Most thatched homes tend to be very old and this often means that they have large gardens and are built in excellent locations. The reason for this is that, due to their age, there were many good places to choose to build such properties. Often thatched properties are found near to a natural water supply and are on sheltered, slightly sloping land which gives good drainage and, thus, reduces problems with damp.

The thick straw or reed roofing provides excellent natural soundproofing from overhead aircraft as well as road traffic nearby. Likewise, it gives great insulation meaning that the thatched home remains cool in summer but warm in winter, helping to keep fuel costs low. The smaller windows that are normally to be found on such a property also contribute towards this insulating effect.

Due to their age, thatched houses usually have very thick, solid walls which are advantageous over modern cavity filled walls. In summer the heat from the outside travels very slowly to the inside ensuring that the temperature within remains cool.

The weatherproof thatch on the roof can withstand very strong, even gale force, winds and is very rarely prone to leaking. Leaks are usually caused by one of the wooden spars that are used in the ridge becoming broken and sometimes, after a spell of dry, warm weather the thatch may open slightly and then leak when it rains, however this is self-healing as the thatch will close again naturally.

Disadvantages of living in a thatched property

Due to their age and sometimes remote locations, not all thatched properties will be connected to a mains water or sewerage supply. Instead, water may be drawn from a nearby private or shared well, and either a cesspit or septic tank may be used for sewerage. Cesspits need frequent emptying, therefore a septic tank is preferable as they do not require as much attention as long as they are well below the ground level of the house and have good draining soil surrounding them. Also as a consequence of their remote location, thatched homes may not have any nearby street lighting and it may be necessary to install outside lights on the property.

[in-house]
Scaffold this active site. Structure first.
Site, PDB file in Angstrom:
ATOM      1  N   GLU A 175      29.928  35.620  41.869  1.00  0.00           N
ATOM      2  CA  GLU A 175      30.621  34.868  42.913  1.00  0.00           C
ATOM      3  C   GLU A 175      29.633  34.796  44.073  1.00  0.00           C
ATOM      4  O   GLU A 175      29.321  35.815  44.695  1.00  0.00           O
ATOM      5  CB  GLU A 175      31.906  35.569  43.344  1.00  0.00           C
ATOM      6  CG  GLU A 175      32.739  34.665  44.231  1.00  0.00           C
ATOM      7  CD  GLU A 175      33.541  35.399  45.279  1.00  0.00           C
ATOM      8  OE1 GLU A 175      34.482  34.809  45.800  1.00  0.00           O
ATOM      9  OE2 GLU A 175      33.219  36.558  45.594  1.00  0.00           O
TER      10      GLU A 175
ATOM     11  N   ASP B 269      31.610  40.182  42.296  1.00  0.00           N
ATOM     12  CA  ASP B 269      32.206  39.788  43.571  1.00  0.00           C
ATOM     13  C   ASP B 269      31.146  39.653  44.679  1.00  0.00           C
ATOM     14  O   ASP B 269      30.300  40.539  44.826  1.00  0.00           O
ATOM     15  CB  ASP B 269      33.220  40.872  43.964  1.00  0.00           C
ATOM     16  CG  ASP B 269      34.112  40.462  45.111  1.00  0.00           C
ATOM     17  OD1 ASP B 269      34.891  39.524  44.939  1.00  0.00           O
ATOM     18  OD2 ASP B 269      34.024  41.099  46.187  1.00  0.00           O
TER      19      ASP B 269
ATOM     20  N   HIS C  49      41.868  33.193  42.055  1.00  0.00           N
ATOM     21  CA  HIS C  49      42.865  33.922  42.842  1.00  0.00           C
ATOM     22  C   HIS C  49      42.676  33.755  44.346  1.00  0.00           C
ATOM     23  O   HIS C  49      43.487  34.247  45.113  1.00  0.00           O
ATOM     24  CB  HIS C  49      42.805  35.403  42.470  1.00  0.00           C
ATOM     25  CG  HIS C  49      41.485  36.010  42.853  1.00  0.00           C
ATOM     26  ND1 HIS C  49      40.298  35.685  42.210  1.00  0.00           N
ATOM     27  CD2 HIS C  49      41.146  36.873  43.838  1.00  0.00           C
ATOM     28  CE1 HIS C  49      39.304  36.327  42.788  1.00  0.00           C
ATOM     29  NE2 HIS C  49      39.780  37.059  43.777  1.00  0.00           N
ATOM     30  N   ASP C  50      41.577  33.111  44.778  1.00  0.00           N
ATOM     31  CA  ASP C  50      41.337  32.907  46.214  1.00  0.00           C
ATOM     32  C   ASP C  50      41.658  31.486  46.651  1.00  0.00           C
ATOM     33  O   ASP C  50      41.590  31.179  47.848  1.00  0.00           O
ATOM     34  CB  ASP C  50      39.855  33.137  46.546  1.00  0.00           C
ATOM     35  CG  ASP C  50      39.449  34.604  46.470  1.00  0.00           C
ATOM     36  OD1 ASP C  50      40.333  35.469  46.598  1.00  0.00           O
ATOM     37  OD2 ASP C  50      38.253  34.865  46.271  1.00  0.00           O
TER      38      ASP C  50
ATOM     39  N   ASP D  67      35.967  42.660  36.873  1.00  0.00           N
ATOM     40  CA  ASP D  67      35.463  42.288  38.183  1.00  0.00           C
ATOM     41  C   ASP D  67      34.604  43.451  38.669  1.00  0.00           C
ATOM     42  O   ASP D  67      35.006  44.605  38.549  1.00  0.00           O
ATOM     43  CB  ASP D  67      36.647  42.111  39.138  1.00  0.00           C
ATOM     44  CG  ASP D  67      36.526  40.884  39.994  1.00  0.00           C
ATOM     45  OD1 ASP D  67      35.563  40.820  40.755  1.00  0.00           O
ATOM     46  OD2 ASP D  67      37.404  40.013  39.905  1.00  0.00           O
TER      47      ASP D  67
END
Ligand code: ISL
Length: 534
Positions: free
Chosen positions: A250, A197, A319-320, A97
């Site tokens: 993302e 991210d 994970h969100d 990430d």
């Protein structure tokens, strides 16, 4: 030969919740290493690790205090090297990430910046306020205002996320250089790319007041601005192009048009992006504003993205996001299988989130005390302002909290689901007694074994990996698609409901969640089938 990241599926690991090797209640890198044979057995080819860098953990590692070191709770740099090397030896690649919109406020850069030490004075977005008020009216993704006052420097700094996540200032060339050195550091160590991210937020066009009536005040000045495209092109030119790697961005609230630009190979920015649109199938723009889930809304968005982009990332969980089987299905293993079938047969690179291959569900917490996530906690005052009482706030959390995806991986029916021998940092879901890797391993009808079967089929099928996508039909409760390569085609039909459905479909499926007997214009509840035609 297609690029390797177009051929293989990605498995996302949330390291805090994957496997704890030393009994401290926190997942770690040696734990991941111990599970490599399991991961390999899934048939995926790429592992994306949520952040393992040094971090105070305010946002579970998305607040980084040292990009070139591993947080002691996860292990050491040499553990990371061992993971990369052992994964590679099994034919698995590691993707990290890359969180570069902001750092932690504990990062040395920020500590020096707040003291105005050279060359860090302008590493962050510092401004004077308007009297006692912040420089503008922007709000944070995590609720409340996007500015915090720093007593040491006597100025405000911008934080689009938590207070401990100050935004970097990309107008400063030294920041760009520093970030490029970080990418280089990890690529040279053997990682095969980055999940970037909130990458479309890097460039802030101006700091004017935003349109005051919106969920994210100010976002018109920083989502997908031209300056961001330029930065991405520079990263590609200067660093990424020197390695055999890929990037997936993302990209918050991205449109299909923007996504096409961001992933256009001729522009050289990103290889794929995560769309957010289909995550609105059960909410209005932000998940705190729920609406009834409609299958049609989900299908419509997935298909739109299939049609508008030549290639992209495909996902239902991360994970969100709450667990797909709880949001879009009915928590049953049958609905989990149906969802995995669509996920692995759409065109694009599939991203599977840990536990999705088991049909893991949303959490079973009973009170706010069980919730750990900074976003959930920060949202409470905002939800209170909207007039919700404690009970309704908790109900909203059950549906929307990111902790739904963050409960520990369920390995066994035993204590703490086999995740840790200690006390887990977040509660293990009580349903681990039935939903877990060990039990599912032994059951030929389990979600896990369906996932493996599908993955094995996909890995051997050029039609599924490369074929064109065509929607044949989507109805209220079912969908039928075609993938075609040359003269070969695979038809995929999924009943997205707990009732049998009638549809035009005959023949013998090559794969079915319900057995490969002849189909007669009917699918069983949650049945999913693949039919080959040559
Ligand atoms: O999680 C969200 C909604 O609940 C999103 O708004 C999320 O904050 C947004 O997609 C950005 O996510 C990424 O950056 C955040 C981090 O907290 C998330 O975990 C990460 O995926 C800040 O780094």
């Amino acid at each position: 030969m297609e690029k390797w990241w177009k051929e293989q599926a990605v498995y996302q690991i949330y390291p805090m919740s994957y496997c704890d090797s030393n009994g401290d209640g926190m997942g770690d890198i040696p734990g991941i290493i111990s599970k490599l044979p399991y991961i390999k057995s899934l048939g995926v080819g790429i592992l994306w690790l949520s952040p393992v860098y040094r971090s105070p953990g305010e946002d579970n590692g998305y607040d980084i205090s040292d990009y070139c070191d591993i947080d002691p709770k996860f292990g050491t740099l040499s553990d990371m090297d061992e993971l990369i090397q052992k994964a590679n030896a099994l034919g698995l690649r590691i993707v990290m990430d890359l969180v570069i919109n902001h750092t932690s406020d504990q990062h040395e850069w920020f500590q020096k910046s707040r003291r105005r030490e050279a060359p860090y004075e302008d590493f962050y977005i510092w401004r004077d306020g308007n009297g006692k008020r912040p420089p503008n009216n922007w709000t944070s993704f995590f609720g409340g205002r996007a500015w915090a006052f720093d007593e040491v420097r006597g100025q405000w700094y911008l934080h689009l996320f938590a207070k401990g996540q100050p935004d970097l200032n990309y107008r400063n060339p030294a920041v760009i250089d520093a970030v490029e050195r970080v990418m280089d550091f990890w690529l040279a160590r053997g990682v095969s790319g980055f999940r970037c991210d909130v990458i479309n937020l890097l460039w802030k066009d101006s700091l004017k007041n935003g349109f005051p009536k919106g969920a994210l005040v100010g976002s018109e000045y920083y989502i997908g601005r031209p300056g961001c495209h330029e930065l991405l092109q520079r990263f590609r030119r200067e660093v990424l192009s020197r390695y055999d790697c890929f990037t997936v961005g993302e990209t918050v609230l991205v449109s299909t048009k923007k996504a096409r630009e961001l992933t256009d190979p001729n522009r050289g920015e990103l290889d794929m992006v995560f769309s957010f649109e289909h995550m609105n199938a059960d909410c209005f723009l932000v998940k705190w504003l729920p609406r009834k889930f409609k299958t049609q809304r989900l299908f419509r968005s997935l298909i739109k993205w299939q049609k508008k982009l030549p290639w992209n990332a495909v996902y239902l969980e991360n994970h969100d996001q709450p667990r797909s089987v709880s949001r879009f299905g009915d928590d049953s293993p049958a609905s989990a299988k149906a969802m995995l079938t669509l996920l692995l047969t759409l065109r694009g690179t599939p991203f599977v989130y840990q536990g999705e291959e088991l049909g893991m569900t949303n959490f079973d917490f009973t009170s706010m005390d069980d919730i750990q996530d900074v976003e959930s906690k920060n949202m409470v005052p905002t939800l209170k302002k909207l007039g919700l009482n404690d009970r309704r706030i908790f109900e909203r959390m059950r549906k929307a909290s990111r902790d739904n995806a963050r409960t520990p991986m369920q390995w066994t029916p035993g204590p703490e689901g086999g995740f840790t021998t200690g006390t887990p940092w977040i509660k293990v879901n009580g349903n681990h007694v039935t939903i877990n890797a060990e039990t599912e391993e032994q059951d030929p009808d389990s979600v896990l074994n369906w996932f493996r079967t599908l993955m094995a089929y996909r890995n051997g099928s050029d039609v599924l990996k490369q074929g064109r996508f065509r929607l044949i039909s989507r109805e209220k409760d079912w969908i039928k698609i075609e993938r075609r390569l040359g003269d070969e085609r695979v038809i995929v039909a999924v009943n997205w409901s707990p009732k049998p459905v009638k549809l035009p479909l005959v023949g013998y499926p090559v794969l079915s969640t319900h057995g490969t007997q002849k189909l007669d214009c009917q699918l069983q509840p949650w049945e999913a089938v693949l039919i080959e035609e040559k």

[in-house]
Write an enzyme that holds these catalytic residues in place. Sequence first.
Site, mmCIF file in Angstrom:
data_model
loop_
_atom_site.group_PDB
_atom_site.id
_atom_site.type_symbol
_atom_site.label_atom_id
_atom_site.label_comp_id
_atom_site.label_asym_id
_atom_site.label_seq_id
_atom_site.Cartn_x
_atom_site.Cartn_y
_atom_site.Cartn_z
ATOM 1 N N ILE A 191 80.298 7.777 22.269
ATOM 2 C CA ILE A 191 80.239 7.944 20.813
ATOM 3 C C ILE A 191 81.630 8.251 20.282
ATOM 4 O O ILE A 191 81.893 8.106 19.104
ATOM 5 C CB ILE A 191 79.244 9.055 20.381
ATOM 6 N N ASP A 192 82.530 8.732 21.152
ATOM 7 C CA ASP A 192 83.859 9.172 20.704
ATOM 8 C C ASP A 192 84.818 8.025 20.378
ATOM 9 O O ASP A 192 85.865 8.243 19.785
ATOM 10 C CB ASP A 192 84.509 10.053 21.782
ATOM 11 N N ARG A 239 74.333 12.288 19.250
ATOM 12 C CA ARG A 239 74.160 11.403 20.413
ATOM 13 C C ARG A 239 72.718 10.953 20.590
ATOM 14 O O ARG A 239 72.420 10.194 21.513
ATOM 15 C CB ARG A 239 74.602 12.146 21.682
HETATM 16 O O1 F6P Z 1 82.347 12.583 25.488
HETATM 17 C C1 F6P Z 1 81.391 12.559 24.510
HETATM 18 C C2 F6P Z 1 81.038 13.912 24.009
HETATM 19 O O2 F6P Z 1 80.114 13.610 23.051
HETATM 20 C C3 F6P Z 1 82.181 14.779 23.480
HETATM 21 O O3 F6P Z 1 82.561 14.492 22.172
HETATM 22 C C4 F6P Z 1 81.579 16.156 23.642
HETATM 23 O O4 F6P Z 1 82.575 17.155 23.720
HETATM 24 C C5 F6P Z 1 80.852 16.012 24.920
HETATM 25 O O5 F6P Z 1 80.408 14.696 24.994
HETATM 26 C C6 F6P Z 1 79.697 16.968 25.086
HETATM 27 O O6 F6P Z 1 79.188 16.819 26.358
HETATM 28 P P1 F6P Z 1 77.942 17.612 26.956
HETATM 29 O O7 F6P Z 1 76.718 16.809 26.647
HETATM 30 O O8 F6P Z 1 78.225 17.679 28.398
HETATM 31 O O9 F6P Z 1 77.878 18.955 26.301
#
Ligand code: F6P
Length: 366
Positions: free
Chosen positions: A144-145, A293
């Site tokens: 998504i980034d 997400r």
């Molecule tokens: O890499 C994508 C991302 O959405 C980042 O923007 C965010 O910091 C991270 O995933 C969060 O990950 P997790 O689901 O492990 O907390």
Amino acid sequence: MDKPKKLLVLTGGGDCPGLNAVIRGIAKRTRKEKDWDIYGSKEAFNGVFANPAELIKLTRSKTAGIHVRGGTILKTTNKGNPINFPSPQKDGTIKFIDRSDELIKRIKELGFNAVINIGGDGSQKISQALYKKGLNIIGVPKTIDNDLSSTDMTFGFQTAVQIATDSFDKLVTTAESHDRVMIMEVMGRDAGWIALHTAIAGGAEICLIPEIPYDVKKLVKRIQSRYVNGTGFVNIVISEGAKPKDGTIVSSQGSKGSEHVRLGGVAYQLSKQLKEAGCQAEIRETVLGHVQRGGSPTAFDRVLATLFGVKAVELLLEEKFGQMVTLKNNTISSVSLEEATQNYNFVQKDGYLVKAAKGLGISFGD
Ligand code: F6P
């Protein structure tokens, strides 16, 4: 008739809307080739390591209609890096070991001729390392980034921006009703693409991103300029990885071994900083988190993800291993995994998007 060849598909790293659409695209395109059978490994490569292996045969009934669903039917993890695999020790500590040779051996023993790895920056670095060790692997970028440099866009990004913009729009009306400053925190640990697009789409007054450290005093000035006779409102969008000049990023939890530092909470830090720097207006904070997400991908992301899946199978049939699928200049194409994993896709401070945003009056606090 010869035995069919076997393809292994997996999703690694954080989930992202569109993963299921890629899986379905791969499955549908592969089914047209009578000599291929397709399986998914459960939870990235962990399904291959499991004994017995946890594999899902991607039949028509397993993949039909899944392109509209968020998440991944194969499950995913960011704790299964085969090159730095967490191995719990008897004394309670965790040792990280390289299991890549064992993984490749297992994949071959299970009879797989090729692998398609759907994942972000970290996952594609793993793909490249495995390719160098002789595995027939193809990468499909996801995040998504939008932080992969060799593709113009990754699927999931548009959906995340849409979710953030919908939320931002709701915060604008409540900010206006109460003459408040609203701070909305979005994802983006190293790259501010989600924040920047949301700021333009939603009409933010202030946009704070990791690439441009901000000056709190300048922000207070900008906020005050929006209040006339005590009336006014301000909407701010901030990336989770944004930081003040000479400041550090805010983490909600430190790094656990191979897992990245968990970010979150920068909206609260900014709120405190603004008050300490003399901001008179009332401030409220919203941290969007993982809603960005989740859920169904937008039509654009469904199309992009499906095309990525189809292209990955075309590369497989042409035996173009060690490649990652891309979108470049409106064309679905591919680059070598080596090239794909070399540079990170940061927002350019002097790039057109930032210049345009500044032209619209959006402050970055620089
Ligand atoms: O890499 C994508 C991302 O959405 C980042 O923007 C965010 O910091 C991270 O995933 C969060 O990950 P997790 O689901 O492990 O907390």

Due to the old, solid walls and base and the lack of any damp proofing in such properties, the interior walls may suffer from damp caused by moisture rising from ground level.

In wet weather rain tends to cascade down the roof and falls in a constant stream around the entire perimeter of the house (it is unusual to find guttering on a thatched house) which continues for a time even after the rain has ceased. The rain splashing on to the ground can be the cause of mud spots forming on the exterior of the house and may cause green mould growth too. However, this is easily remedied by cleaning with a bleach solution.

The materials used in the thatch mean that the roof is at threat of attacks by birds that are nesting or are looking for insects. Holes may appear in the thatch and should be repaired as soon as possible as, left unrepaired, the birds will concentrate on these areas and the holes will become much larger. Most bird damage to roofs tends to be under the eaves or at the junction of the chimney and the roof. Some roofs have wire netting in these places to prevent this occurring, whilst others are completely covered by wire netting. Unfortunately, roofs that are totally covered by wire netting are often subject to higher insurance premiums as there will be the added difficulty of pulling the wire netting off in the event of a fire. This will delay the fire from being extinguished and result in more widespread fire damage.

Although thatched properties are no more likely to catch fire than regular homes, when a fire does break out the damage will be much more significant as fire spreads more rapidly in thatch. For this reason, insurance premiums will be higher. However as mentioned earlier, if you ask us at Highhouse insurance to quote for your thatched property , we will do our best to save you money.

It can be seen that whilst there are disadvantages of living in a thatched house, these are relatively minor and the advantages of living in such a charming and unique home may outweigh them.

Advantages of living in a Thatched Property PDF Guide

Non Standard Construction Types and Materials

A tudor house built in non standard contruction
Non Standard Construction

What does non standard construction mean?